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  • Sean O'Toole (a1)

Despite a rich and varied critical heritage, reception of George Meredith's 1879 novel The Egoist has tended to rely on the author's Essay on Comedy as a key to unlocking the novel's many mysteries. Written just two years earlier as a lecture for the London Institution, the Essay would seem an apt place to start. A blueprint for Meredith's attempt to offer a revitalizing corrective for the tedium of everyday life, that “monstrous monotonousness” of convention and complacency that enfolds us (The Egoist 5; Prelude), the Essay helps explain, and thus rehabilitate, the novel's apparent oddities: its fragmentary and discontinuous narration, dynamic conception of character, and infamous, ostentatious stylistic eccentricities, to name but the most obvious anomalies. The parallels between the Essay and the novel are well rehearsed by critics; indeed, this connection has served both the novel and critics well, generating a range of forceful and illuminating readings. It must be said, too, that the critical tendency to see The Egoist as an outgrowth of the Essay represents a significant improvement over the main thrust of contemporary reviews of the novel, in which the four most frequently used words were “affectation,” “obscurity,” “artificiality,” and “weakness” (I. Williams 11; Lucas 3).

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Bergson Henri. “Laughter.” 1900. Comedy. Ed. Sypher Wylie. Trans. Presses Universitaires de France. Baltimore: Johns Hopkins UP, 1956. 59190. Print.
Bourdieu Pierre. Outline of a Theory of Practice. Trans. Nice Richard. Cambridge: Cambridge UP, 1977. Print.
Brownstein Rachel M.Becoming a Heroine: Reading About Women in Novels. New York: Columbia UP, 1982. Print.
Cohen William A.Embodied: Victorian Literature and the Senses. Minneapolis: U of Minnesota P, 2009. Print.
Dames Nicholas. The Physiology of the Novel: Reading, Neural Science, and the Form of Victorian Fiction. Oxford: Oxford UP, 2007. Print.
Freud Sigmund. The Standard Edition of the Complete Psychological Works of Sigmund Freud. Ed. and Trans. Strachey James et al. . 24 vols. London: Hogarth, 1955–74. Print.
Gossy Mary S.Freudian Slips: Woman, Writing, the Foreign Tongue. Ann Arbor: U of Michigan P, 1995. Print.
James William. The Principles of Psychology. 1890. 3 vols. Cambridge: Harvard UP, 1981. Print.
Jones Ernest. “The Psychopathology of Everyday Life.” American Journal of Psychology 22.4 (Oct. 1911): 477527. Print.
Kelvin Norman. A Troubled Eden: Nature and Society in the Works of George Meredith. Stanford: Stanford UP, 1961. Print.
Lucas John. “Meredith's Reputation.” In Meredith Now: Some Critical Essays. Ed. Fletcher Ian. New York: Barnes and Noble, 1971. 113. Print.
Mauss Marcel. “Techniques of the Body.” 1934. Trans. Brewster Ben. Economy and Society 2.1 (Feb. 1973): 7088. Print.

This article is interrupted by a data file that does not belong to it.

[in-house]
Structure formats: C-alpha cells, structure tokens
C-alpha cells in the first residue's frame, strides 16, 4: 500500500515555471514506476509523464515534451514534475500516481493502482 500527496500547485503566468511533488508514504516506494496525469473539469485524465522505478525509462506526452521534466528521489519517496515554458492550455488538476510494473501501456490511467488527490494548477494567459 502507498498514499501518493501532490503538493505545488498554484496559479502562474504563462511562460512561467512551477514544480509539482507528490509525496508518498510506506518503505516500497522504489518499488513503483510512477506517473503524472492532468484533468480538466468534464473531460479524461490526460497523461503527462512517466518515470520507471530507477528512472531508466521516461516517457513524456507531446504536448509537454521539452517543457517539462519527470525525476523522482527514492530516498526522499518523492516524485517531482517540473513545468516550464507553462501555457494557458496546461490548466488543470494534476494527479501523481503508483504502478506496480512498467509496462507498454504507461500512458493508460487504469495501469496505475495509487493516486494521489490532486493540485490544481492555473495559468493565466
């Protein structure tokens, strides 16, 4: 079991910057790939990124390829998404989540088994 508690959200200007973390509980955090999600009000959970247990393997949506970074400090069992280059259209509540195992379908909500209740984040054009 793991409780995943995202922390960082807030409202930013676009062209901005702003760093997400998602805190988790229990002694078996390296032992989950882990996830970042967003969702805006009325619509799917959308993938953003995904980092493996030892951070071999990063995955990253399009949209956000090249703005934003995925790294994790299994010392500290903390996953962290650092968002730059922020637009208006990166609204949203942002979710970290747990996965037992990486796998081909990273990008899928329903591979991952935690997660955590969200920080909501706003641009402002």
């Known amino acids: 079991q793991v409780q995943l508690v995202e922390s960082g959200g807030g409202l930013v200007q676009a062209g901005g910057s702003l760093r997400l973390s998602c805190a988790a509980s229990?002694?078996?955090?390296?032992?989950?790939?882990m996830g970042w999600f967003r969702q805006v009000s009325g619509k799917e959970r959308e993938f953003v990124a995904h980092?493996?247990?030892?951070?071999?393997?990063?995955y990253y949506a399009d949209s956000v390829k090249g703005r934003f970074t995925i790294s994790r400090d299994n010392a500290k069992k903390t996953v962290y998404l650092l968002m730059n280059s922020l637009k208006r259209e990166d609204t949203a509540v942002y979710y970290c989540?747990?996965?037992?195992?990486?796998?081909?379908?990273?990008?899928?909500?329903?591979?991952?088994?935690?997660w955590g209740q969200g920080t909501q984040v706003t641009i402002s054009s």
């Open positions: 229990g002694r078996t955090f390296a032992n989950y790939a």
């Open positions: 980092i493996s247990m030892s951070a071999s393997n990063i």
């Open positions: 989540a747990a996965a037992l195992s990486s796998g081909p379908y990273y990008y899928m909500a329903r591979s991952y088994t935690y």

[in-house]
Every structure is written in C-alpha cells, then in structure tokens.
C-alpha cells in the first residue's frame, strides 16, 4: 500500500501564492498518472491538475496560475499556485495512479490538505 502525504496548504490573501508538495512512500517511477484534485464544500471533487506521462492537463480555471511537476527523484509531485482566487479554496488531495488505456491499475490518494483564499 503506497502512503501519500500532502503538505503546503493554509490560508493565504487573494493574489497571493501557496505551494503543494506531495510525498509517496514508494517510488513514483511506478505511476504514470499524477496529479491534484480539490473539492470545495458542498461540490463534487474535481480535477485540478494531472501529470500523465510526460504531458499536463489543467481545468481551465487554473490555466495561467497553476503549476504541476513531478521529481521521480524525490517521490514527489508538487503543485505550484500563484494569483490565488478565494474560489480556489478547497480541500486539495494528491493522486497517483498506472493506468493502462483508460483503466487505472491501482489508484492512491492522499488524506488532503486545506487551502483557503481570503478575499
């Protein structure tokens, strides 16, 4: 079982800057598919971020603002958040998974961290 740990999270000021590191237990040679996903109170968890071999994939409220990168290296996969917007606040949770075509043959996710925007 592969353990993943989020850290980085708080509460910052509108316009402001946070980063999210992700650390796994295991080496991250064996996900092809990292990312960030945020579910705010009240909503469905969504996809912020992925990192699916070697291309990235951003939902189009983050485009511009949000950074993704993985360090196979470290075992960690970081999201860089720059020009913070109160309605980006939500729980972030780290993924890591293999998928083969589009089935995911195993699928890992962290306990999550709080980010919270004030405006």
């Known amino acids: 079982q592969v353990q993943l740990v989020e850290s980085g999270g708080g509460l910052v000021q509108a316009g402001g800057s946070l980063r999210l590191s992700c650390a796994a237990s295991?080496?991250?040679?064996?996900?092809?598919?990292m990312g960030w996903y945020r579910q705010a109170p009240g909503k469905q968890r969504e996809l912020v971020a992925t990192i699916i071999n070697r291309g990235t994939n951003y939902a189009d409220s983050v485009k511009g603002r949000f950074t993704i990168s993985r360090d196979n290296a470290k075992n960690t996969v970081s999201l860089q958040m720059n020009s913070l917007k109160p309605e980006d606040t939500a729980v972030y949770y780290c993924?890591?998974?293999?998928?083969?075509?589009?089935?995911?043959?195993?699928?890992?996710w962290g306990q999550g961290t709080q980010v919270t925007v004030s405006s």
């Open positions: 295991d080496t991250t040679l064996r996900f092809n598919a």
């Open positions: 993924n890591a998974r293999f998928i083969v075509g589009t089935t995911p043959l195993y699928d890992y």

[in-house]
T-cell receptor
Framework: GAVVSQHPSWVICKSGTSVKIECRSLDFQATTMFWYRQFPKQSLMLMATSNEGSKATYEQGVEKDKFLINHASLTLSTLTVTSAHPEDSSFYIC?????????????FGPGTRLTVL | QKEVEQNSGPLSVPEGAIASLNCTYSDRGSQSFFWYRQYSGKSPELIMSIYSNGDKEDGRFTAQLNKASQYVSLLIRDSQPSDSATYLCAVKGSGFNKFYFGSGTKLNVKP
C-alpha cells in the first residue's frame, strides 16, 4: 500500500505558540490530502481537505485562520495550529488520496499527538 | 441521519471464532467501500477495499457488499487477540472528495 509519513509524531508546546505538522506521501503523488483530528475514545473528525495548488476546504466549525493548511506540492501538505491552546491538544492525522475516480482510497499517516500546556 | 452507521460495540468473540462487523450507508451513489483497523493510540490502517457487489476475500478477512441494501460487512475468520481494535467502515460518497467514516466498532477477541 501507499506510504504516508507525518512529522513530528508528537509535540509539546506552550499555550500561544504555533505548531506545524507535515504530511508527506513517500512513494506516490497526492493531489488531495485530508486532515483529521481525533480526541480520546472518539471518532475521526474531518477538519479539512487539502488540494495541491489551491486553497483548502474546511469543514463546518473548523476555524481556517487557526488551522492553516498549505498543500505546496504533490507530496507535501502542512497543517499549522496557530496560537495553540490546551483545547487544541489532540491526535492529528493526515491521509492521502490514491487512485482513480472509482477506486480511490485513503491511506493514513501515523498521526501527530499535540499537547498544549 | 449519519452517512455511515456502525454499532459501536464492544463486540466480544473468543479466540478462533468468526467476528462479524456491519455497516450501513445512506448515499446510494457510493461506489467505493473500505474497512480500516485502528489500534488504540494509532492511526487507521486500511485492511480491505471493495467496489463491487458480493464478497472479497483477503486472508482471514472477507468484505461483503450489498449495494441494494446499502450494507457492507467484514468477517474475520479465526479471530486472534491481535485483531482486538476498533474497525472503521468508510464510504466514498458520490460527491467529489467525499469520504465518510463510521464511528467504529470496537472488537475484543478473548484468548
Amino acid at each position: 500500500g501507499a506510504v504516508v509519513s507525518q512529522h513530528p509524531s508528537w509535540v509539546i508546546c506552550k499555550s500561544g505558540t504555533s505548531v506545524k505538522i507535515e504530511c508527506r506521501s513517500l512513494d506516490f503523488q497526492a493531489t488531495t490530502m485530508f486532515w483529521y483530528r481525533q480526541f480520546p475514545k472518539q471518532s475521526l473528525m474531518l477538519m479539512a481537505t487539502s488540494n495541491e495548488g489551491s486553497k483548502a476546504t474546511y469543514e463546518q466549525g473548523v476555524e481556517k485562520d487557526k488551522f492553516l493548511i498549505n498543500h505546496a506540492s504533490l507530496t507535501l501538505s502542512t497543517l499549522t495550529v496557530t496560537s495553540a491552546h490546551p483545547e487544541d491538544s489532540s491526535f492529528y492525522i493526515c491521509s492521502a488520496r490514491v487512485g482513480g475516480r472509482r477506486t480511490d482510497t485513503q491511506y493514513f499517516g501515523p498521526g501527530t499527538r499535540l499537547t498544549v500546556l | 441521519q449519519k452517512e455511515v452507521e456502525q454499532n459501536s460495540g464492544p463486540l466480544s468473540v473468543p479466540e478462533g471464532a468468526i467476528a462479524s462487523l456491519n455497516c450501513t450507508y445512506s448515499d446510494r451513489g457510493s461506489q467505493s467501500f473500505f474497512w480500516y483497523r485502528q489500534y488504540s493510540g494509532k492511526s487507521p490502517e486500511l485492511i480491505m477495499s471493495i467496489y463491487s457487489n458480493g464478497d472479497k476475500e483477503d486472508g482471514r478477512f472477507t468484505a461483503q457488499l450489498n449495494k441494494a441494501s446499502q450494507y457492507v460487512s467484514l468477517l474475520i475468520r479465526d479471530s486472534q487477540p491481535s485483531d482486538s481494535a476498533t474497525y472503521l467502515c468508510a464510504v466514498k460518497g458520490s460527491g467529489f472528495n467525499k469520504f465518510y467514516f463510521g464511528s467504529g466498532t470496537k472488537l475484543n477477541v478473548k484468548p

Mayo Robert D.The Egoist and the Willow Pattern.” The Egoist. Ed. Adams Robert M.. New York: Norton, 1979. 453–60. Print.
Meredith George. The Egoist: A Comedy in Narrative. 1879. Ed. Adams Robert M.. New York: Norton, 1979. Print.
Meredith George. “An Essay on Comedy.” 1877. Comedy. Ed. Sypher Wylie. Baltimore: Johns Hopkins UP, 1956. 157. Print.
Meredith George. The Ordeal of Richard Feverel: A History of Father and Son. 1859. London: Penguin, 1998. Print.
O'Hara Patricia. “Primitive Marriage, Civilized Marriage: Anthropology, Mythology, and The Egoist.” Victorian Literature and Culture 20 (1992): 124. Print.
O'Hara Patricia. “‘The Willow Pattern That We Knew’: The Victorian Literature of Blue Willow.” Victorian Studies 36.4 (Summer 1993): 421–43. Print.
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Stevenson Lionel. The Ordeal of George Meredith. New York: Scribner's, 1953. Print.
Stewart Maaja A., and Casal Elvira. “Clara Middleton: Wit and Pattern in The Egoist.” Studies in the Novel 12.3 (Fall 1980): 210–27. Print.
Stone Donald. Novelists in a Changing World: Meredith, James, and the Transformation of English Fiction in the 1880's. Cambridge: Harvard UP, 1972. Print.
Sundell Michael C. “The Functions of Flitch in The Egoist.” The Egoist. Ed. Adams Robert M.. New York: Norton, 1979. 524–31. Print.
Tougaw Jason Daniel. Strange Cases: The Medical Case History and the British Novel. New York: Routledge, 2006. Print.
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Wilde Oscar. “The Decay of Lying.” The Artist as Critic: The Critical Writings of Oscar Wilde. Ed. Ellmann Richard. Chicago: U of Chicago P, 1968. 290320. Print.
Williams Carolyn. “Natural Selection and Narrative Form in The Egoist.” Victorian Studies 27.1 (Autumn 1983): 5379. Print.
Williams Ioan. Introduction. Meredith: The Critical Heritage. New York: Barnes and Noble, 1971. 125. Print.
Wilt Judith. The Readable People of George Meredith. Princeton: Princeton UP, 1975. Print.
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Victorian Literature and Culture
  • ISSN: 1060-1503
  • EISSN: 1470-1553
  • URL: /core/journals/victorian-literature-and-culture
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